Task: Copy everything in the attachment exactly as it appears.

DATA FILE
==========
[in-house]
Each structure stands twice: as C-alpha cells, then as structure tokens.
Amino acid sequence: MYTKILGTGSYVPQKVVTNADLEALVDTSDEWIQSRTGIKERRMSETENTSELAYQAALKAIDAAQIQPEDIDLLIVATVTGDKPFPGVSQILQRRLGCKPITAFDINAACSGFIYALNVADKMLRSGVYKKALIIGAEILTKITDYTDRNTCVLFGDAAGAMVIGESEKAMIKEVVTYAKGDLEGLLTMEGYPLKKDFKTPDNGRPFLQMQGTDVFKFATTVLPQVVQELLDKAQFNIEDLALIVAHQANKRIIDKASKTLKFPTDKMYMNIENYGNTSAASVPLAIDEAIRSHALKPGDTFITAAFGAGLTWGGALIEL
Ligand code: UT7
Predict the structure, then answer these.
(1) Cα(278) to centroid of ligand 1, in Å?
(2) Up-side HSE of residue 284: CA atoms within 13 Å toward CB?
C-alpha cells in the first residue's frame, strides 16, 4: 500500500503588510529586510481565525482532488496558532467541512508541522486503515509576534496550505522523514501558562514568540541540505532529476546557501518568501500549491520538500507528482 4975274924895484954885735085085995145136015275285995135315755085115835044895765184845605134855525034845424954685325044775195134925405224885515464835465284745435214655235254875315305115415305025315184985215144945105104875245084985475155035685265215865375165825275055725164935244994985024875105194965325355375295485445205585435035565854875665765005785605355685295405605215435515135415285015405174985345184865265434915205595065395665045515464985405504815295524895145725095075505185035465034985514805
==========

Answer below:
[in-house]
Each structure stands twice: as C-alpha cells, then as structure tokens.
Amino acid sequence: MYTKILGTGSYVPQKVVTNADLEALVDTSDEWIQSRTGIKERRMSETENTSELAYQAALKAIDAAQIQPEDIDLLIVATVTGDKPFPGVSQILQRRLGCKPITAFDINAACSGFIYALNVADKMLRSGVYKKALIIGAEILTKITDYTDRNTCVLFGDAAGAMVIGESEKAMIKEVVTYAKGDLEGLLTMEGYPLKKDFKTPDNGRPFLQMQGTDVFKFATTVLPQVVQELLDKAQFNIEDLALIVAHQANKRIIDKASKTLKFPTDKMYMNIENYGNTSAASVPLAIDEAIRSHALKPGDTFITAAFGAGLTWGGALIEL
Ligand code: UT7
Predict the structure, then answer these.
(1) Cα(278) to centroid of ligand 1, in Å?
(2) Up-side HSE of residue 284: CA atoms within 13 Å toward CB?
C-alpha cells in the first residue's frame, strides 16, 4: 500500500503588510529586510481565525482532488496558532467541512508541522486503515509576534496550505522523514501558562514568540541540505532529476546557501518568501500549491520538500507528482 4975274924895484954885735085085995145136015275285995135315755085115835044895765184845605134855525034845424954685325044775195134925405224885515464835465284745435214655235254875315305115415305025315184985215144945105104875245084985475155035685265215865375165825275055725164935244994985024875105194965325355375295485445205585435035565854875665765005785605355685295405605215435515135415285015405174985345184865265434915205595065395665045515464985405504815295524895145725095075505185035465034985514805